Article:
ACA waiver could be a ‘game-changer’

The Affordable Care Act (ACA) is a “treasure chest of [health] policy innovations,” writes HSPH’s John McDonough in an article for the Journal of Health Politics, Policy and Law (JHPPL). These innovations are largely unknown, overlooked by greater attention to other aspects of…

Construction workers struggle with pain, stress from injuries

October 28, 2013 – Construction workers are frequently stressed about work-related injuries and pain and often fail to seek help, putting themselves at risk for more injuries and mental health issues, including depression, anxiety, and even suicide, according to a new study…

Prevention in public health: What works?

May 21, 2014 — No other industry of the size and complexity of the U.S. health care system operates with so little understanding of the results of its investments, Dean Julio Frenk told an audience gathered May 15, 2014 at Harvard School…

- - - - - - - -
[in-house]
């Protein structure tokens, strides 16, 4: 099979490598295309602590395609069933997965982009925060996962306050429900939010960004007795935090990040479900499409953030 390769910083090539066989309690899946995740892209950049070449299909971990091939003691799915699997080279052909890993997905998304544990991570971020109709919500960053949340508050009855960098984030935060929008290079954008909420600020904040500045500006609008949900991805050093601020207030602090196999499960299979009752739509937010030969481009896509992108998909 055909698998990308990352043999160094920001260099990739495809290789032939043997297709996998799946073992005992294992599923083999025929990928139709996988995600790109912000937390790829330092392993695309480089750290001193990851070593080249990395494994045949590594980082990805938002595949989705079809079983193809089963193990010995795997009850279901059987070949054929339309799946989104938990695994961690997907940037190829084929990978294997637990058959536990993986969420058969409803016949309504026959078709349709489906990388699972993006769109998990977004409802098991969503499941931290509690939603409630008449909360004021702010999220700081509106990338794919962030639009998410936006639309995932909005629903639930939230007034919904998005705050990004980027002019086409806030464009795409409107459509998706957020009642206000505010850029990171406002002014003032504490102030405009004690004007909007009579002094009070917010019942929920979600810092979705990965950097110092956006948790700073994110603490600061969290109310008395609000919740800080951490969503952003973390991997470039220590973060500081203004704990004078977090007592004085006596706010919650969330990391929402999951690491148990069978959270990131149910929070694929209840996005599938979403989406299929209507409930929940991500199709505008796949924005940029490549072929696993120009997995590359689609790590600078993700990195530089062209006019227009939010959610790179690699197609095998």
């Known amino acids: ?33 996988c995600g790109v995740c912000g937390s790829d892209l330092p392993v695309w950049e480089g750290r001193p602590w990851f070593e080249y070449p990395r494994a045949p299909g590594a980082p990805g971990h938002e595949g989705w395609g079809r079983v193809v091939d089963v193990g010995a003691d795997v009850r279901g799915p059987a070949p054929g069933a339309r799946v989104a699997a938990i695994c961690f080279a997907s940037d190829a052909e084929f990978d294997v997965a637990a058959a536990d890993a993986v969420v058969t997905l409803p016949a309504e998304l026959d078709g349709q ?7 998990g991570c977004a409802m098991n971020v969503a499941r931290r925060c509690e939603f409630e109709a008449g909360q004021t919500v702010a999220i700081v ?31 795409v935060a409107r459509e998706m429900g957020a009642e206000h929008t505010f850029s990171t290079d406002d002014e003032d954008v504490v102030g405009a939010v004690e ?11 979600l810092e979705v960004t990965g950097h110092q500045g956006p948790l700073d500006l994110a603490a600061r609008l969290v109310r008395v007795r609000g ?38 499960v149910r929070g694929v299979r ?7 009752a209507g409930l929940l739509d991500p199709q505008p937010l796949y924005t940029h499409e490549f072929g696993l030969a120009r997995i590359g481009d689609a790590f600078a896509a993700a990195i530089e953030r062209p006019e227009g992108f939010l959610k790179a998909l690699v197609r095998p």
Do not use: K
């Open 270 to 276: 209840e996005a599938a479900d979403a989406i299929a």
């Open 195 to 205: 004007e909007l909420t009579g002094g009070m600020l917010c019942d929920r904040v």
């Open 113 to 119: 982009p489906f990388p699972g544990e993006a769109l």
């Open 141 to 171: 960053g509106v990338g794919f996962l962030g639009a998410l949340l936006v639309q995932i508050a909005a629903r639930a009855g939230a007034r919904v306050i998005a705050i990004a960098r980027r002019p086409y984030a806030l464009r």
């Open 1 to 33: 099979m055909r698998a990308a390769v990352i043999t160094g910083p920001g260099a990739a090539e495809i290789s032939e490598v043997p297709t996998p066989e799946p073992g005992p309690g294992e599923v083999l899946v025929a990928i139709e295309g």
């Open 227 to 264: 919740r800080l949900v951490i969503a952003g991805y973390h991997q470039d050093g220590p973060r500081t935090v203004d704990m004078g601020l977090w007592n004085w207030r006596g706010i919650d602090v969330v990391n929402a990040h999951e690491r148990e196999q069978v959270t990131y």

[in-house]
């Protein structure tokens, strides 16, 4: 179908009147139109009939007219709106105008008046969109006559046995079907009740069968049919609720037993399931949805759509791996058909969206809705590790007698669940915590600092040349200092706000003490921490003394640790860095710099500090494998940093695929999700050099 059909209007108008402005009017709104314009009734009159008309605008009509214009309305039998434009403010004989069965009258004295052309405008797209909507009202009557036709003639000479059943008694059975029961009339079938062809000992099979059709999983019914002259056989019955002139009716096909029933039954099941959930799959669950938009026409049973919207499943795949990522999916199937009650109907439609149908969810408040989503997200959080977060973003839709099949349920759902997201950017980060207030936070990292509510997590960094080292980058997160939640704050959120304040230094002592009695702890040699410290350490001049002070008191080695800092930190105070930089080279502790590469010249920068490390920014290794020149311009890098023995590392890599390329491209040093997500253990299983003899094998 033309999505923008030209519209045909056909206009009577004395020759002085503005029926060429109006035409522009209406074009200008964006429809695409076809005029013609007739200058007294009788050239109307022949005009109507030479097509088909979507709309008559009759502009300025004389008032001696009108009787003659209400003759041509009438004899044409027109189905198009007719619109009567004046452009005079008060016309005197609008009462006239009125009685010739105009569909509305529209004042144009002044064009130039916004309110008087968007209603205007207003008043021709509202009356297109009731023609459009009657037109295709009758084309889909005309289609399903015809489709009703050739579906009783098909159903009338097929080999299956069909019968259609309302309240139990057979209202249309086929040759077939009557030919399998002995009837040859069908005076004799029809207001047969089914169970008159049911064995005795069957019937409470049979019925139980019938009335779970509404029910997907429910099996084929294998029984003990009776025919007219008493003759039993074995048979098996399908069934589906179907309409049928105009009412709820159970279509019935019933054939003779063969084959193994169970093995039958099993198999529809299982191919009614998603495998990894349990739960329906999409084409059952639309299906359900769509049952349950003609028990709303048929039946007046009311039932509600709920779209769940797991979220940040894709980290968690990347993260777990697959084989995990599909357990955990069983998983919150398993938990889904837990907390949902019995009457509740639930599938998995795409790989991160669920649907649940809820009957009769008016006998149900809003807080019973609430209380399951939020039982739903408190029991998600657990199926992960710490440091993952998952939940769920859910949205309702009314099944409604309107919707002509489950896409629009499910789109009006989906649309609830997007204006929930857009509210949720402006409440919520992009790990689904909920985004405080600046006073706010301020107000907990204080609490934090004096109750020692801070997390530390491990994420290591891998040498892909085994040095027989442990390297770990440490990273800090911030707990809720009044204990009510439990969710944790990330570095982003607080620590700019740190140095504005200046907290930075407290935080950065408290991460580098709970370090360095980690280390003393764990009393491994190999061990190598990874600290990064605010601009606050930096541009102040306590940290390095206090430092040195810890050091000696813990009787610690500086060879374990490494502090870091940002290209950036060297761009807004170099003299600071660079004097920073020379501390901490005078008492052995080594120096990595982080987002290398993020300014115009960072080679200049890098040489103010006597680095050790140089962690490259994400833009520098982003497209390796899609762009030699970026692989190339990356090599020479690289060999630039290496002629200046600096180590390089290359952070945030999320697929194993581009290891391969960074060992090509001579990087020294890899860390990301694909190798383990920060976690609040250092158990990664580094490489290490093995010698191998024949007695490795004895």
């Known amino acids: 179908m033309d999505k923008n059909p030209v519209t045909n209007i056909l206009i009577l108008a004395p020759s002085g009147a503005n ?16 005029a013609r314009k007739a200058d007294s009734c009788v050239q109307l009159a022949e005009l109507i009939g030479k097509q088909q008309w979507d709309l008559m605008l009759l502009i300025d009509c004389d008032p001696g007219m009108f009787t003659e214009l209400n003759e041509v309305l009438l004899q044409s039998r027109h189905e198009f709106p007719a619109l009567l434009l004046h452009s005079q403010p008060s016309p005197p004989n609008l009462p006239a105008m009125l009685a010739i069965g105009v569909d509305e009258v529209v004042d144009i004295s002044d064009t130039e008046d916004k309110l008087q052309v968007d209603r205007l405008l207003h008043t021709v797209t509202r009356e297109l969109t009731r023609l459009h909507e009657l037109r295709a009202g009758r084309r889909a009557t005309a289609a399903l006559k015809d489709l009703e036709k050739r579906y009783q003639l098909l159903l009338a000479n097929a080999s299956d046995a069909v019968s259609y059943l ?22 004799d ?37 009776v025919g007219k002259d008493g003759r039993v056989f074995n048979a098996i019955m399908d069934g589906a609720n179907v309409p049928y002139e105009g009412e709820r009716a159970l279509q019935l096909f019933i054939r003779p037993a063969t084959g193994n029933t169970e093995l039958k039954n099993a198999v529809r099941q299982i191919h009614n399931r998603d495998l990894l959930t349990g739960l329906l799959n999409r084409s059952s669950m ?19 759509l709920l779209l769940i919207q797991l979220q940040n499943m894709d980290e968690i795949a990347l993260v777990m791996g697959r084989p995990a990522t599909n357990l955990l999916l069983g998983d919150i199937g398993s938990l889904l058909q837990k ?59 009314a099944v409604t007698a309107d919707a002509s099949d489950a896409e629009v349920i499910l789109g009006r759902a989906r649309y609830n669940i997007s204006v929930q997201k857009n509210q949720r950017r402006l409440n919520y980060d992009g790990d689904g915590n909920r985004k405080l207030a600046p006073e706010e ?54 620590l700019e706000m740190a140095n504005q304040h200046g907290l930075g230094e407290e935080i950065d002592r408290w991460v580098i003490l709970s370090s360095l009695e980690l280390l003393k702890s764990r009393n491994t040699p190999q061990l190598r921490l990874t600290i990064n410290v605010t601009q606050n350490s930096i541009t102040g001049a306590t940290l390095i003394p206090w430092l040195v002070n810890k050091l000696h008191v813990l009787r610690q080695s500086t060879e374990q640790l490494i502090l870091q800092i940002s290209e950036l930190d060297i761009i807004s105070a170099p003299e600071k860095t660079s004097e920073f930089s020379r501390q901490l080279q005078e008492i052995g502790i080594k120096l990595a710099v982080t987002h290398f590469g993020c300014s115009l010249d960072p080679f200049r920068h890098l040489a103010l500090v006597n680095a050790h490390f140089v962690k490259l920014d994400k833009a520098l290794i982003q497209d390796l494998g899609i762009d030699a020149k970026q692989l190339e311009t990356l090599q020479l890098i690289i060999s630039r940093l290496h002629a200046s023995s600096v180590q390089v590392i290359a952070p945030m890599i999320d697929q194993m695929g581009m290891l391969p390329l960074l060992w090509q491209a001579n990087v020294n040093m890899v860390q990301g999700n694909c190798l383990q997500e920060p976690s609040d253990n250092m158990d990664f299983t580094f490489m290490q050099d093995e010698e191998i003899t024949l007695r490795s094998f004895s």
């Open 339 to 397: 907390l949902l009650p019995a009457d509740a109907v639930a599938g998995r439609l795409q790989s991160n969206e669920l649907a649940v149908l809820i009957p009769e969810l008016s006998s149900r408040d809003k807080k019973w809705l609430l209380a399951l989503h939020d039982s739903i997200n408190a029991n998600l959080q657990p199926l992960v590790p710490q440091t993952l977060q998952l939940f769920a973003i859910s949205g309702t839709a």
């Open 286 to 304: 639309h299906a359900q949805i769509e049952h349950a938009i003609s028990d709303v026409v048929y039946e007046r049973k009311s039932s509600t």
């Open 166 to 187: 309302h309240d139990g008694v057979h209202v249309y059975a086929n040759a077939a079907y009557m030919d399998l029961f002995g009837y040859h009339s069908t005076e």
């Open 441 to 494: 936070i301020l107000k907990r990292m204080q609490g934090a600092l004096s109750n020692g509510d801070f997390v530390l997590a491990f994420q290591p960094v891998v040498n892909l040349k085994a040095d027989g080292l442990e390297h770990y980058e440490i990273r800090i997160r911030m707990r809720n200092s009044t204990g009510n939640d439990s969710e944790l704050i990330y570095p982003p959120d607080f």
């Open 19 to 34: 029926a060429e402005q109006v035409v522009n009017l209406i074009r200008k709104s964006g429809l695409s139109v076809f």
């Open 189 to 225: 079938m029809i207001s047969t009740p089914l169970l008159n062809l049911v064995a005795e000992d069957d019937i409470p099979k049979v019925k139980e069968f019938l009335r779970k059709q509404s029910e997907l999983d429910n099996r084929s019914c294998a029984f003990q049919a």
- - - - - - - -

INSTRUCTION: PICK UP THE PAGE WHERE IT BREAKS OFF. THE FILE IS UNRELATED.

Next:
Bringing fairness to health care access

May 27, 2014 -- Outside the gates of her Mexico City high school, Thalia Porteny would always see kids begging for food. “It made me feel uneasy and frustrated,” said Porteny. “I knew I’d had amazing opportunities given to me, and I…

The provocative pragmatist

[ Spring 2014 ] With a mixture of research, persuasion, and social media moxie, Ashish Jha seeks to drive health care improvements Several years ago, Ashish Jha got the call that middle-aged children dread. His mother was on the phone from New Jersey. His…

The hidden health costs of the Great Recession